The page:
LOS ANGELES, (Reuters) – What recession?
Hollywood’s overflowing cash registers rang even louder yesterday as the cartoon “Monsters vs. Aliens” scared up the biggest opening of the year at the North American box office.
DreamWorks Animation SKG Inc’s first big 3-D film sold an estimated $58.2 million worth of tickets across the United States and Canada during its first three days, the studio said.
The opening was at the upper end of analysts’ forecasts within a $50 million to $60 million range. The year’s previous best start was $55.2 million for “Watchmen” earlier this month, though that superhero film quickly stalled, and finally crawled across the $100 million mark last Thursday.
“Monsters vs. Aliens” also set a record for a 3-D opening — $32.6 million, or about 56 percent of the gross, the studio said. The balance came from traditional movie theaters.
Hollywood is betting a lot on 3-D, with about 40 films scheduled to run in 3-D over the next three years in hopes that audiences will pay $3 to $5 more per ticket than they typically do to watch movies that feature characters and objects popping out of movie screens.
One of the biggest 3-D proponents has been DreamWorks Animation’s Chief Executive Officer, Jeffrey Katzenberg, who has pledged to release all the company’s movies in 3-D at an additional cost of $15 million per film.
The production budget for “Monsters vs. Aliens” was about $165 million to $170 million, including that 3-D premium. Worldwide marketing costs are estimated at $175 million, consistent with past DreamWorks Animation releases.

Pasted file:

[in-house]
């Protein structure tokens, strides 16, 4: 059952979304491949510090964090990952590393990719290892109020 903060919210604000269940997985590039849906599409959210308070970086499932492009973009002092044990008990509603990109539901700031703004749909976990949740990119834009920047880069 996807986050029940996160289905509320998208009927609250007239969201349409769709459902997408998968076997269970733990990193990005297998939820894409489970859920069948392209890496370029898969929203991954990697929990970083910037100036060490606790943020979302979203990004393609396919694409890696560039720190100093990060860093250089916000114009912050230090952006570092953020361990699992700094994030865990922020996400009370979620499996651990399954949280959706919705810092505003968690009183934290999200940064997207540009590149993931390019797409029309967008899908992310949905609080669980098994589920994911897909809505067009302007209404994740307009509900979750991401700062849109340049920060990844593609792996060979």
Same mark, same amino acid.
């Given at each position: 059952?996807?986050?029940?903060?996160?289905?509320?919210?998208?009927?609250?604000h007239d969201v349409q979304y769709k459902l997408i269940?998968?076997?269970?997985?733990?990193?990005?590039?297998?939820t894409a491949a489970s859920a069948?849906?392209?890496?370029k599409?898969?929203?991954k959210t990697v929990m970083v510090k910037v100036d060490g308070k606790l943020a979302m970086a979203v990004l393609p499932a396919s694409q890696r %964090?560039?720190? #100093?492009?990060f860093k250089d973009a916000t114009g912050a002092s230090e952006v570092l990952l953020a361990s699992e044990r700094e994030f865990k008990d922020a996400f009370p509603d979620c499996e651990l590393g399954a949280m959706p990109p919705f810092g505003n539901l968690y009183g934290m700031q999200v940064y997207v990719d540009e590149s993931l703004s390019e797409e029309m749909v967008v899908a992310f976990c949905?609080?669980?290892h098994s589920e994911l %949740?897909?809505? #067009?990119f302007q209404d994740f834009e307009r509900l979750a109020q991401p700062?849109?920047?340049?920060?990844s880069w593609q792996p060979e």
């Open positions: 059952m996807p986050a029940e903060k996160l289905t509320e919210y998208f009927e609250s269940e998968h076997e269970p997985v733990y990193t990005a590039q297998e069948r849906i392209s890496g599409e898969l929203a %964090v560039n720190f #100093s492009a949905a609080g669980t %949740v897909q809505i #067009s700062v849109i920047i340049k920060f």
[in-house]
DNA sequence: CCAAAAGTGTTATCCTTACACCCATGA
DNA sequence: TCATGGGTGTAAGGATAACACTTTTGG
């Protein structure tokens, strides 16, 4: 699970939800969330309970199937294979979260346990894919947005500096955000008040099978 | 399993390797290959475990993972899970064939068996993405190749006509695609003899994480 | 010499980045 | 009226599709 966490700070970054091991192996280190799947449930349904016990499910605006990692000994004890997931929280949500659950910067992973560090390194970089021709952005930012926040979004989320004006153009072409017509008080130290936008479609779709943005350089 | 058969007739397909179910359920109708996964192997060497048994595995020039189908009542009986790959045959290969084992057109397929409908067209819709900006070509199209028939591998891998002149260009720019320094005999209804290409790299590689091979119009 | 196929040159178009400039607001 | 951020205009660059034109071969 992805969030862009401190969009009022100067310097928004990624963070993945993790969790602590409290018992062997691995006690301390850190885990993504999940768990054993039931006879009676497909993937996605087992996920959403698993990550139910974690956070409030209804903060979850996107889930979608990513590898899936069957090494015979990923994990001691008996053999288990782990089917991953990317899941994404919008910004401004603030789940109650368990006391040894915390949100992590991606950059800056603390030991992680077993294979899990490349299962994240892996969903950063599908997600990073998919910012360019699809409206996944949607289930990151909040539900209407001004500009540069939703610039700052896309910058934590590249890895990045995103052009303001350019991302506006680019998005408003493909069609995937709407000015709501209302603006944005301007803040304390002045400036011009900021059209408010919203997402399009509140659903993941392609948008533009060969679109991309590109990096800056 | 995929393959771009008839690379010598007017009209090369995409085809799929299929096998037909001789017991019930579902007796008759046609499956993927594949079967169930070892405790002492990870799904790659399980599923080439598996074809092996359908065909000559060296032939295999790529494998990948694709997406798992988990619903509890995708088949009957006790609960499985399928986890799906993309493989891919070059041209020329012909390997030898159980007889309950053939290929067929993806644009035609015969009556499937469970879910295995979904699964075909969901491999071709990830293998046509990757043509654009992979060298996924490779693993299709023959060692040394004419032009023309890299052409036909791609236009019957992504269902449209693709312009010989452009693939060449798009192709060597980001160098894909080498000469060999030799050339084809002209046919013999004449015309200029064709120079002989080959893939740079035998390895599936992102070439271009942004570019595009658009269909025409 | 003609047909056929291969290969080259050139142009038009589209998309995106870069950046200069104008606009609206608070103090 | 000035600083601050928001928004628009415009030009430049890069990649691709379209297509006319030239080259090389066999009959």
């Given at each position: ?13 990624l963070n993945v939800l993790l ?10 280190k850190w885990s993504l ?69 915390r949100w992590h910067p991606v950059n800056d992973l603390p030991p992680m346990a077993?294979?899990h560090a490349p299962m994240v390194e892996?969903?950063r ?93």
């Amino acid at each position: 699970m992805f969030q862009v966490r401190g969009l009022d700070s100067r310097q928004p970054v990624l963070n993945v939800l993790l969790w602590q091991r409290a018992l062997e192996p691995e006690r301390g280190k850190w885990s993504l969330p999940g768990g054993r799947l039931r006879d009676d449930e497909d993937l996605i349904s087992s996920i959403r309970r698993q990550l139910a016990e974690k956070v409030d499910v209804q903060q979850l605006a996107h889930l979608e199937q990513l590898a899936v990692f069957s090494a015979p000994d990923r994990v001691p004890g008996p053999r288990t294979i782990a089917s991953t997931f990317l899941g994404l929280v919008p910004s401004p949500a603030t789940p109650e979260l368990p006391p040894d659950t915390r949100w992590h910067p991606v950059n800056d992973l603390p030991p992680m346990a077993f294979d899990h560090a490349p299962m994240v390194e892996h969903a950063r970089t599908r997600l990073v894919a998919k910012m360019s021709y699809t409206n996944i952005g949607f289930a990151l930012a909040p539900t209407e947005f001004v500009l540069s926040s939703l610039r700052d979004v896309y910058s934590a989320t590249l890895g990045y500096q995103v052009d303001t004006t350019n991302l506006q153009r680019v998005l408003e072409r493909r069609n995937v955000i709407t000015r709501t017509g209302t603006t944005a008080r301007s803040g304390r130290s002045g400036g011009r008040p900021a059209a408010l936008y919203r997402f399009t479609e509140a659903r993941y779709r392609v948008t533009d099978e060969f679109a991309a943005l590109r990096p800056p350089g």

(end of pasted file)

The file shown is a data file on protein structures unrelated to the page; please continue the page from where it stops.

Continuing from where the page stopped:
The film, featuring the voices of Reese Witherspoon, Paul Rudd and Rainn Wilson, was distributed by Paramount Pictures, a unit of Viacom Inc. Witherspoon plays a 50-foot-(15-metre-)tall newscaster recruited to help battle an alien invasion. Reviews from top critics were mixed.
EMBARRASSMENT OF RICHES?
Sales for all films were up about 40 percent from the haul this time a year ago, reaching $148 million, according to tracking firm Media By Numbers.
Year-to-date revenues stand at $2.4 billion, up 12 percent from the same period in 2008. The number of tickets sold is up by 10.4 percent.
The windfall presents something of an embarrassment of riches for Hollywood. Lawmakers have looked askance at the moguls’ pleas for bailout money. The studios are also engaged in a lengthy standoff with the Screen Actors Guild, whose film and TV contract expired last June.
But box office revenues are just “one piece of a giant jigsaw puzzle,” said Media By Numbers president Paul Dergarabedian. For starters, the studios generally split sales about 50/50 with the movie theaters, he said.